Jason Wood, Federal MP for Latrobe recently announced $340,000 dollars for Siri Guru Nanak Darbar Sikh Temple in Officer. The Federal funding came as a welcome boost for the south eastern Sikh community.
This funding is to be invested in community-focussed projects that will include a kids’ language school, play area, organic farming and rainwater harvesting. The funding was in response to a proposal from the Temple that was supported by a petition from 665 community members.
Jason Wood said that the proposal was professionally presented and he was confident that these projects would promote community harmony and social cohesion.
He also commended the Officer Gurudwara community for forging relationships with the larger community by promoting Sikh values and through collaborations with local organisations.
The announcement was made at a special event that was held inside the newly built Gurudwara premises. The Minister was accompanied by many dignitaries that included Brad Battin, State MP Gembrook; Mayor Graeme Moore, Cardinia Shire Council; Mayor Amanda Stapledon, Casey Council and Cr Damien Rosario, Casey Council.
Since its official opening in January 2019 the Gurudwara has catered to the Sikh community residing in South Eastern suburbs. A special congregation is held on Thursday evenings and Sunday morning of every week to offer prayers, meditate and partake of free langar (community meal). The Gurudwara is open to all and has the capacity to seat around 200.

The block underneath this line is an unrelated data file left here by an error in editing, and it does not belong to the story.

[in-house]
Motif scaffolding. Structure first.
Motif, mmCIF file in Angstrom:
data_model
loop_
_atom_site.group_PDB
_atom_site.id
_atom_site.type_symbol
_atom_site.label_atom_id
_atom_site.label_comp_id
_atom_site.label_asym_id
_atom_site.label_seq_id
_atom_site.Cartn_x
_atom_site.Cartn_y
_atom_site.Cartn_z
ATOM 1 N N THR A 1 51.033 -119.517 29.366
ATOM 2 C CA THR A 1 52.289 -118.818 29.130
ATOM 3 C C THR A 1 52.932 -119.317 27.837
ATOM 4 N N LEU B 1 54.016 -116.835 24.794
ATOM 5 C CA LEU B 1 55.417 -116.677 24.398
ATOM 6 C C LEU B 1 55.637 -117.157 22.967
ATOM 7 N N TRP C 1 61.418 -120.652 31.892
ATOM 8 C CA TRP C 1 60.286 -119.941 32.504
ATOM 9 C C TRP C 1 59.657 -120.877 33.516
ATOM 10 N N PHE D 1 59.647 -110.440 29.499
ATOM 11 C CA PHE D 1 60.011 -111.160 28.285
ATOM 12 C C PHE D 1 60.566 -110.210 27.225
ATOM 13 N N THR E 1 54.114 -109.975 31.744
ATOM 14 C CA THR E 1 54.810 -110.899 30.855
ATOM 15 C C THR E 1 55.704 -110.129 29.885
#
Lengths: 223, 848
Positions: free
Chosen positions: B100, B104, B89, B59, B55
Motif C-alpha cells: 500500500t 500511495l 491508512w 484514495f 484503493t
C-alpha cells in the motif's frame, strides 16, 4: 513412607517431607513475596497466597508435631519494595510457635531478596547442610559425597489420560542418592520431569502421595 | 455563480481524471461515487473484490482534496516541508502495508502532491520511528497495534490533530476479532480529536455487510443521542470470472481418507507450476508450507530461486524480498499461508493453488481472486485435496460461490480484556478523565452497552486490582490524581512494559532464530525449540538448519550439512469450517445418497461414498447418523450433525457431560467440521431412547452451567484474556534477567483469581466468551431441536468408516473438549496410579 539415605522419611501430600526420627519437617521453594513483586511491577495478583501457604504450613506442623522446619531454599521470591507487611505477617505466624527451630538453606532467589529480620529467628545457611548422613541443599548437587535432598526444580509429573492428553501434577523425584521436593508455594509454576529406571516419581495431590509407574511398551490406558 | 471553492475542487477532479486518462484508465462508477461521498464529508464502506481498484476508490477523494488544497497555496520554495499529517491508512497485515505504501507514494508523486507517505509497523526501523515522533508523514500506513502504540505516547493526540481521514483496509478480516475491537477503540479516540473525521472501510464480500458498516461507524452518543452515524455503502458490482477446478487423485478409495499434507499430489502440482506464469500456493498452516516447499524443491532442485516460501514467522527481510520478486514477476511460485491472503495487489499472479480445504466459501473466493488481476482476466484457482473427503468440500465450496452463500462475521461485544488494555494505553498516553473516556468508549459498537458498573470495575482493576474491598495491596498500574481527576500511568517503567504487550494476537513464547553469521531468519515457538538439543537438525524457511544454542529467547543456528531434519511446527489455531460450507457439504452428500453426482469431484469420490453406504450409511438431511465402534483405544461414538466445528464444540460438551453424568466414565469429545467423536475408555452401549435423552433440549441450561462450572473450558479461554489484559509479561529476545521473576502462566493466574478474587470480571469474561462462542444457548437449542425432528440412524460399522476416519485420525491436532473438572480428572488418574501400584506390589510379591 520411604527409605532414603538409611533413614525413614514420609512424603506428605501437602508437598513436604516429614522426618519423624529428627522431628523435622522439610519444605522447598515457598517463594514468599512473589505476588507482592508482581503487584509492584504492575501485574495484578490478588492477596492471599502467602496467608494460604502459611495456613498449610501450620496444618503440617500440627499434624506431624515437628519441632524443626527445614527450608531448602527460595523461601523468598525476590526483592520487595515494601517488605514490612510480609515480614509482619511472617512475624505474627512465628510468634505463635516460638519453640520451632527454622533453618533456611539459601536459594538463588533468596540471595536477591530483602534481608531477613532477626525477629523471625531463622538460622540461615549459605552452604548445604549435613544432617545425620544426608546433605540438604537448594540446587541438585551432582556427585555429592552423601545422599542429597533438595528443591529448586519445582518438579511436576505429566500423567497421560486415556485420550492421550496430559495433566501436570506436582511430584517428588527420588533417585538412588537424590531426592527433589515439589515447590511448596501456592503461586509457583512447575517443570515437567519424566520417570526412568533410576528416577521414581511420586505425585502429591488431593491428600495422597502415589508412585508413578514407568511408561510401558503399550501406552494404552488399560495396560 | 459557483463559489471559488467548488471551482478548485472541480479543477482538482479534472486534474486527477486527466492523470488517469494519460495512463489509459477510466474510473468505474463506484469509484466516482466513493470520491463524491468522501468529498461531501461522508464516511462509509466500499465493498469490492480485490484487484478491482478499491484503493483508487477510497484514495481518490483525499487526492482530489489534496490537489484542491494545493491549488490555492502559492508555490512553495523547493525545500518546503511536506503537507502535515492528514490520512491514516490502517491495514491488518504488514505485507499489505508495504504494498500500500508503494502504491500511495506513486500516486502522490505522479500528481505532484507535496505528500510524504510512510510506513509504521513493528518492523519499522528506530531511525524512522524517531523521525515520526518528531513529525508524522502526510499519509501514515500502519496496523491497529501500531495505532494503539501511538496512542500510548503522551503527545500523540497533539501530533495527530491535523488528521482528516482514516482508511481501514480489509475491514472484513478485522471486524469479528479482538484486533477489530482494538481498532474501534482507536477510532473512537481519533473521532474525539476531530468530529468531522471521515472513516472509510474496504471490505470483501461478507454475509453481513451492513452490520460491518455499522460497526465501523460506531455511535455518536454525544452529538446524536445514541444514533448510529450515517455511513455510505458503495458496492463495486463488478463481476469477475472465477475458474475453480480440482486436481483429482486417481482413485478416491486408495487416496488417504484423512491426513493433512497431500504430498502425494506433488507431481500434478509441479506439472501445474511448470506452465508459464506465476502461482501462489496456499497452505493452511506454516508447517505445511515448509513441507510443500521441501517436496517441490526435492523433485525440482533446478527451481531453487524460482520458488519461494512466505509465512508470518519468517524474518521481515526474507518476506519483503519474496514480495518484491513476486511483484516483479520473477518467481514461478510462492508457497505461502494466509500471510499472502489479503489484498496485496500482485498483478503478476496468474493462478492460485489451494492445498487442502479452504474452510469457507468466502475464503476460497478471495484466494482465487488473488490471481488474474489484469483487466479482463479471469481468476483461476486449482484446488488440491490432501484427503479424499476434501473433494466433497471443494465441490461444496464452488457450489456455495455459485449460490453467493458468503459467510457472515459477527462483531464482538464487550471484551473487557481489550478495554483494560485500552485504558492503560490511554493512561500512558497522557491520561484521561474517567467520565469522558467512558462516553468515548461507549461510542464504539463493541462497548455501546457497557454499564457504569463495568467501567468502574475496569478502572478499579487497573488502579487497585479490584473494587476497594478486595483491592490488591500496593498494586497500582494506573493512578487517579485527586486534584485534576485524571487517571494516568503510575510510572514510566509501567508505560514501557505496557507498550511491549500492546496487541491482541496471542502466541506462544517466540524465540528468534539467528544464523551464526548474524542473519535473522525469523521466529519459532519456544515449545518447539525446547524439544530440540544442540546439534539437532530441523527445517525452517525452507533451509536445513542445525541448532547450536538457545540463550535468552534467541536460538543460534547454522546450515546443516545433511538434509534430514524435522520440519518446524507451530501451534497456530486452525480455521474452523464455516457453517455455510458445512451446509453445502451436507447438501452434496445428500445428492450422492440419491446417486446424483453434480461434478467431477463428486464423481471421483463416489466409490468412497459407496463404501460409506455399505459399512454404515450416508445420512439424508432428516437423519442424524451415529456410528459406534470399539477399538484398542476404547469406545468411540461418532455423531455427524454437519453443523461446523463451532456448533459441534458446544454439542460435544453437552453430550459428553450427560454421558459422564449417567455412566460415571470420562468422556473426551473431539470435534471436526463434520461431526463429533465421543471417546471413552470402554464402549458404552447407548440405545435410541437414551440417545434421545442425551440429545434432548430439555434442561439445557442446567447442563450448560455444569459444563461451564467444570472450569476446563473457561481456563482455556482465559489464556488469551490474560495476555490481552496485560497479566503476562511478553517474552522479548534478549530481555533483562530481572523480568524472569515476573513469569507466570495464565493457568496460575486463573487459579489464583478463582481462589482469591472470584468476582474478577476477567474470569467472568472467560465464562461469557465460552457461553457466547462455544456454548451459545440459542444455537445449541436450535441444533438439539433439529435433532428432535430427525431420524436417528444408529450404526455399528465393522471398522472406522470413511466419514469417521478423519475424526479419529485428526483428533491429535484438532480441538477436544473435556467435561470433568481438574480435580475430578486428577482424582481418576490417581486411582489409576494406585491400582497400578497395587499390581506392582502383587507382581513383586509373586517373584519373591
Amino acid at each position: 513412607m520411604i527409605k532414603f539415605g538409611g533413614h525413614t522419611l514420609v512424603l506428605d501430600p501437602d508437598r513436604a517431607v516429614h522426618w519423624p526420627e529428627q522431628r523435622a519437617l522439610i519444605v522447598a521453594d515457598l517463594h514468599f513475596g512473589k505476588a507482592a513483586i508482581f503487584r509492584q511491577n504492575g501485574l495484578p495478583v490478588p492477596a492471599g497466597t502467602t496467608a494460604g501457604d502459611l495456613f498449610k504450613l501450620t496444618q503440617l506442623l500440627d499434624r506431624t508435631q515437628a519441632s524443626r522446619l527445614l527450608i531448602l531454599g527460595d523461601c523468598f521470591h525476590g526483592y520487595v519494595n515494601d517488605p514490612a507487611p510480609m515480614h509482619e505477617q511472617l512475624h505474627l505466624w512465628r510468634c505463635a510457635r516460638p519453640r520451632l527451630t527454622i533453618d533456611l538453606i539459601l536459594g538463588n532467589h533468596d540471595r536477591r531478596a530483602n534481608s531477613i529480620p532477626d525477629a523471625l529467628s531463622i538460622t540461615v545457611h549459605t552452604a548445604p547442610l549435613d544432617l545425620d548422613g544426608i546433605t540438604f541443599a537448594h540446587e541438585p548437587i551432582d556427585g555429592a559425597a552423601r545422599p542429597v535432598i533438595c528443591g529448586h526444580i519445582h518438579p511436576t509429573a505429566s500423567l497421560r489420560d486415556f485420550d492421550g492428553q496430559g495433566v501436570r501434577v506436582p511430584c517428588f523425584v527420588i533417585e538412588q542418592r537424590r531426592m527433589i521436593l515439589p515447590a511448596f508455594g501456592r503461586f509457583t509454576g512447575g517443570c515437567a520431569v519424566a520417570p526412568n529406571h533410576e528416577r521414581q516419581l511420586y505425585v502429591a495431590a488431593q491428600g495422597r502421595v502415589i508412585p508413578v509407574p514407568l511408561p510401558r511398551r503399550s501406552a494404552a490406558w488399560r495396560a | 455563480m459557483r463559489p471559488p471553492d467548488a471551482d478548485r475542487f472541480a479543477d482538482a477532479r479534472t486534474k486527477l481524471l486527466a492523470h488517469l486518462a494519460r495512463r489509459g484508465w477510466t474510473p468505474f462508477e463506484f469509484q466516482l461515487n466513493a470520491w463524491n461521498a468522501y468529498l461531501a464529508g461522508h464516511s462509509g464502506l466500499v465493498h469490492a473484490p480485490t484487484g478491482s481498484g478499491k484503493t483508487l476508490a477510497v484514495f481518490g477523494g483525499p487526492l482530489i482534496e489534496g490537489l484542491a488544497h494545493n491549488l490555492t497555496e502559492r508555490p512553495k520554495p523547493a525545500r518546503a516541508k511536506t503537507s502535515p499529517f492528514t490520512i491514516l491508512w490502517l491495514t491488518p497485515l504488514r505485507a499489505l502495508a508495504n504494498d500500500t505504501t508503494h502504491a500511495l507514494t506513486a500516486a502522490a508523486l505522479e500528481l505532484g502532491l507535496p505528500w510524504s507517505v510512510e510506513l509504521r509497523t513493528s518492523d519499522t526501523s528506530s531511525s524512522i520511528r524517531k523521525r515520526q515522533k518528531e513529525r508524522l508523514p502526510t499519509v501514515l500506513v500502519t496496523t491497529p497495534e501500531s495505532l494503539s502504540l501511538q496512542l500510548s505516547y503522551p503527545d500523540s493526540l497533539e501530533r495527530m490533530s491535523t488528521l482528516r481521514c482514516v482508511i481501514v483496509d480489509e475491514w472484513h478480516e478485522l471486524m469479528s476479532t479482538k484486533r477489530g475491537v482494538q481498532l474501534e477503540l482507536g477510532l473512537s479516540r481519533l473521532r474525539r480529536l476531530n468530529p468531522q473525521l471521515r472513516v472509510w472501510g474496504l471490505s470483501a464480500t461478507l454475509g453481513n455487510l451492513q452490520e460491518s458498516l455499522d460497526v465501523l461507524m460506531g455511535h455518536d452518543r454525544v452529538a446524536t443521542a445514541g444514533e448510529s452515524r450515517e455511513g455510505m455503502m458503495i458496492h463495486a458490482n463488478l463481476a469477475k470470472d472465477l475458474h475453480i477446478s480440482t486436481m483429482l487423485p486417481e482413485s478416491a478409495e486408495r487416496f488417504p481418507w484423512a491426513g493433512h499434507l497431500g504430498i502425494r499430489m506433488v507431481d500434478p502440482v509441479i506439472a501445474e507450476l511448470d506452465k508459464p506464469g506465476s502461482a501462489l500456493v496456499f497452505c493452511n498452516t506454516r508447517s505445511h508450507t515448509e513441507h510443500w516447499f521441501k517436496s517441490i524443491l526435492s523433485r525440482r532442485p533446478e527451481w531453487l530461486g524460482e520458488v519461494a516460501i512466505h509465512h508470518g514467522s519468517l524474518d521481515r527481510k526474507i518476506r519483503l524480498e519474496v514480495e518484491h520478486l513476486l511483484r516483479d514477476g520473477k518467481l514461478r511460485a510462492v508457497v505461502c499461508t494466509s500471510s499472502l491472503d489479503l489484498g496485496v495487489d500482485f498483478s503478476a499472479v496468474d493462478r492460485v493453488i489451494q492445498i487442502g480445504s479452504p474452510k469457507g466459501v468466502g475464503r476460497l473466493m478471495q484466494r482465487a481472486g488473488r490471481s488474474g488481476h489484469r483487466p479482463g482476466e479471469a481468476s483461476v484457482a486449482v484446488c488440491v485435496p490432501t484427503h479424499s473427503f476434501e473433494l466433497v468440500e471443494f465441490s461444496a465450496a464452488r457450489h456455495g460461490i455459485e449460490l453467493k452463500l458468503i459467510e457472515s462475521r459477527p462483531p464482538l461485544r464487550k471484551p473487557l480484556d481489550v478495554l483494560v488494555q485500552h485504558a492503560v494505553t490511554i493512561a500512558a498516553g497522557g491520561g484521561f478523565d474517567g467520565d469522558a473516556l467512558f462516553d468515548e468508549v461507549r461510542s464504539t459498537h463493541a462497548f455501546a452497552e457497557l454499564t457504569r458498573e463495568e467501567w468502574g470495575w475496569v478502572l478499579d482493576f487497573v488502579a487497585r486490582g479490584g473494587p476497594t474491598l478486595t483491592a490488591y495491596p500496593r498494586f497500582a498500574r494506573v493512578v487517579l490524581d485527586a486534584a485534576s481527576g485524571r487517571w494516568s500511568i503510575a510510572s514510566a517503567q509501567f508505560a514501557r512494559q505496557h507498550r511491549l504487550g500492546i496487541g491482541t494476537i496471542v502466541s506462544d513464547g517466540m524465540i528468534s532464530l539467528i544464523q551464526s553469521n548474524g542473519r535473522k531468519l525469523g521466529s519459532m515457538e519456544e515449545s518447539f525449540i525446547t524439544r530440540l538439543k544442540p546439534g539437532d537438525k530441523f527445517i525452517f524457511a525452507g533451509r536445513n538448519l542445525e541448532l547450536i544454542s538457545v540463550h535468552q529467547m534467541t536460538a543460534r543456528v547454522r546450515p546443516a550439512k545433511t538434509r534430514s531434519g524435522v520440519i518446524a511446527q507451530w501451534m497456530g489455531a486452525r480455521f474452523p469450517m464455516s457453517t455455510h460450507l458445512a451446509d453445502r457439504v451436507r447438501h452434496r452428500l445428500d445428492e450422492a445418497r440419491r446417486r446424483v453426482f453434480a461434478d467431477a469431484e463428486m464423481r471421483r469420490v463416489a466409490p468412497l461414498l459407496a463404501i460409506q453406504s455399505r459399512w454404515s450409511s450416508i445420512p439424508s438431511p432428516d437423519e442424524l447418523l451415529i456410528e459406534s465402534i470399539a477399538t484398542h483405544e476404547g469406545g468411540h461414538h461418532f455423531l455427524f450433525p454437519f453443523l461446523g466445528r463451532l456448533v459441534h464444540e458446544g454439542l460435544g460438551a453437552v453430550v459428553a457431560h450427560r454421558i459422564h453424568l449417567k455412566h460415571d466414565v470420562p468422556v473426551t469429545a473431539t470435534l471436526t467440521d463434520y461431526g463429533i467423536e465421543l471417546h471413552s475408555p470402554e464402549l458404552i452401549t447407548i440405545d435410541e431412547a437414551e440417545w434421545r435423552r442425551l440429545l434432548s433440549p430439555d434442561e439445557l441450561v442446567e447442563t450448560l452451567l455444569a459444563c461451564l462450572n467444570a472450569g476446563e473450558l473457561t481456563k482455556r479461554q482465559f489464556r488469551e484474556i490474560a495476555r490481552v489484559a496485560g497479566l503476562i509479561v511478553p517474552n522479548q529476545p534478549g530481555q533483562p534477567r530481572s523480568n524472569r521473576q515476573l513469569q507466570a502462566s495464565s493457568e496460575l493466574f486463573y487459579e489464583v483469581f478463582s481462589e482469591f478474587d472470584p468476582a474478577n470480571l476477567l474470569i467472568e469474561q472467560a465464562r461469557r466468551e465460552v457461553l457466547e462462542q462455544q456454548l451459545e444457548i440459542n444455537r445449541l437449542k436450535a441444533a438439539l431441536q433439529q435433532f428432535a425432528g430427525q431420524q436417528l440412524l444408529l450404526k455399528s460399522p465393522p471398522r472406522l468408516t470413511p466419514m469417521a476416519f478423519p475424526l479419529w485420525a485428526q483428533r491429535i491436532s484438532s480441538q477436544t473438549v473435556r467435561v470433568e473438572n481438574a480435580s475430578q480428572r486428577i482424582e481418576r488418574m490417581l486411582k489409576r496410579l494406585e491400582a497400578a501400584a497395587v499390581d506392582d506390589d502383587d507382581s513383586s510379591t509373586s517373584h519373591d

According to Harpreet Kandra, one of the active volunteers at the temple, this recent funding as well as a generous donation of $170,000 by Jatinder Singh Uppal adds up to $510,000 dollars that would be utilised towards Gurudwara facilities, projects, community events and collaborations.
Harpreet, who recently received the Cardinia Council Citizen of the Year award, spoke about the various initiatives that the Officer Gurudwara community has been involved with since its inception.
“The unique thing about this Gurudwara is that we have no committee and no designations, everybody is equally a sevadar (service volunteer)” he said.
According to Harpreet the Temple recently held special prayer sessions for victims of recent tragedies including the Bushfires in Bunyip, martyrdom of Indian soldiers in Kashmir and Christchurch mosque shootings.
He said that the Temple is also involved in projects like plantations drives, clothes bin collection for the needy and donation of bales for farmers facing drought in Victoria. The Temple also provided langar (meals) for BlazeAid a volunteer based organisation that has been working with families in Bunyip after the recent bushfires.
Harpreet referred to the concept of Dasvand that literally means “a tenth part” and refers to the act of donating ten percent of one’s harvest, both financial and in the form of time and service such as seva to the Gurdwara and anywhere else.
According to him this custom, outlined in the manual of Sikh conducts, has been adopted by the Officer Gurudwara and as a result 10% of the total amount collected through temple offerings is allocated towards the community.
The recent Federal funding will go a long way in helping the Gurudwara to reach, interact and engage with the community.